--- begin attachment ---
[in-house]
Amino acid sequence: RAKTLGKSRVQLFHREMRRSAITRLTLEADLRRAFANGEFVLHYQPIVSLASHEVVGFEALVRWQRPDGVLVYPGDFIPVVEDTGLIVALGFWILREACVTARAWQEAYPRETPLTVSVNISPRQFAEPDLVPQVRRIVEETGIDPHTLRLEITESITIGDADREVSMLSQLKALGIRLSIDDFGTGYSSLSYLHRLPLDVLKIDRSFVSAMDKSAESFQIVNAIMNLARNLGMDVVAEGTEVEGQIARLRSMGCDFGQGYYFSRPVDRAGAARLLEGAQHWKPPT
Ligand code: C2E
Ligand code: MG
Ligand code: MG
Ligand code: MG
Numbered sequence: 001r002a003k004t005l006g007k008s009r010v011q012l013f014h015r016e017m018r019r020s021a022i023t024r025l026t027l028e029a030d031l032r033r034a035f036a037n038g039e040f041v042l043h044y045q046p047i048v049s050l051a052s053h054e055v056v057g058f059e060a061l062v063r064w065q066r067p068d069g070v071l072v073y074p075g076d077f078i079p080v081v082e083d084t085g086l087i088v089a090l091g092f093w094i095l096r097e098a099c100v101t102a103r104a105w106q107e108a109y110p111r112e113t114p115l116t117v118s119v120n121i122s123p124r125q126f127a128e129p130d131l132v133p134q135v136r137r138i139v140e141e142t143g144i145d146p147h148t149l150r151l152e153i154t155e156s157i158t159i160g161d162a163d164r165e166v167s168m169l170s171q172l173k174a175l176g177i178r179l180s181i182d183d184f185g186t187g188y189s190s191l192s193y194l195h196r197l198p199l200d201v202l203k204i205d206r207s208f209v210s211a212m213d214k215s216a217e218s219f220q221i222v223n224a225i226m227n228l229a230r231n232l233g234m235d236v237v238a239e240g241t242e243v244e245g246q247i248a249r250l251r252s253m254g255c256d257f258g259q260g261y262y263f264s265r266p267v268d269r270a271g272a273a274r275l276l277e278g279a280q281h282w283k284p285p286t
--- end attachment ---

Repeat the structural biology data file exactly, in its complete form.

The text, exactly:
[in-house]
Amino acid sequence: RAKTLGKSRVQLFHREMRRSAITRLTLEADLRRAFANGEFVLHYQPIVSLASHEVVGFEALVRWQRPDGVLVYPGDFIPVVEDTGLIVALGFWILREACVTARAWQEAYPRETPLTVSVNISPRQFAEPDLVPQVRRIVEETGIDPHTLRLEITESITIGDADREVSMLSQLKALGIRLSIDDFGTGYSSLSYLHRLPLDVLKIDRSFVSAMDKSAESFQIVNAIMNLARNLGMDVVAEGTEVEGQIARLRSMGCDFGQGYYFSRPVDRAGAARLLEGAQHWKPPT
Ligand code: C2E
Ligand code: MG
Ligand code: MG
Ligand code: MG
Numbered sequence: 001r002a003k004t005l006g007k008s009r010v011q012l013f014h015r016e017m018r019r020s021a022i023t024r025l026t027l028e029a030d031l032r033r034a035f036a037n038g039e040f041v042l043h044y045q046p047i048v049s050l051a052s053h054e055v056v057g058f059e060a061l062v063r064w065q066r067p068d069g070v071l072v073y074p075g076d077f078i079p080v081v082e083d084t085g086l087i088v089a090l091g092f093w094i095l096r097e098a099c100v101t102a103r104a105w106q107e108a109y110p111r112e113t114p115l116t117v118s119v120n121i122s123p124r125q126f127a128e129p130d131l132v133p134q135v136r137r138i139v140e141e142t143g144i145d146p147h148t149l150r151l152e153i154t155e156s157i158t159i160g161d162a163d164r165e166v167s168m169l170s171q172l173k174a175l176g177i178r179l180s181i182d183d184f185g186t187g188y189s190s191l192s193y194l195h196r197l198p199l200d201v202l203k204i205d206r207s208f209v210s211a212m213d214k215s216a217e218s219f220q221i222v223n224a225i226m227n228l229a230r231n232l233g234m235d236v237v238a239e240g241t242e243v244e245g246q247i248a249r250l251r252s253m254g255c256d257f258g259q260g261y262y263f264s265r266p267v268d269r270a271g272a273a274r275l276l277e278g279a280q281h282w283k284p285p286t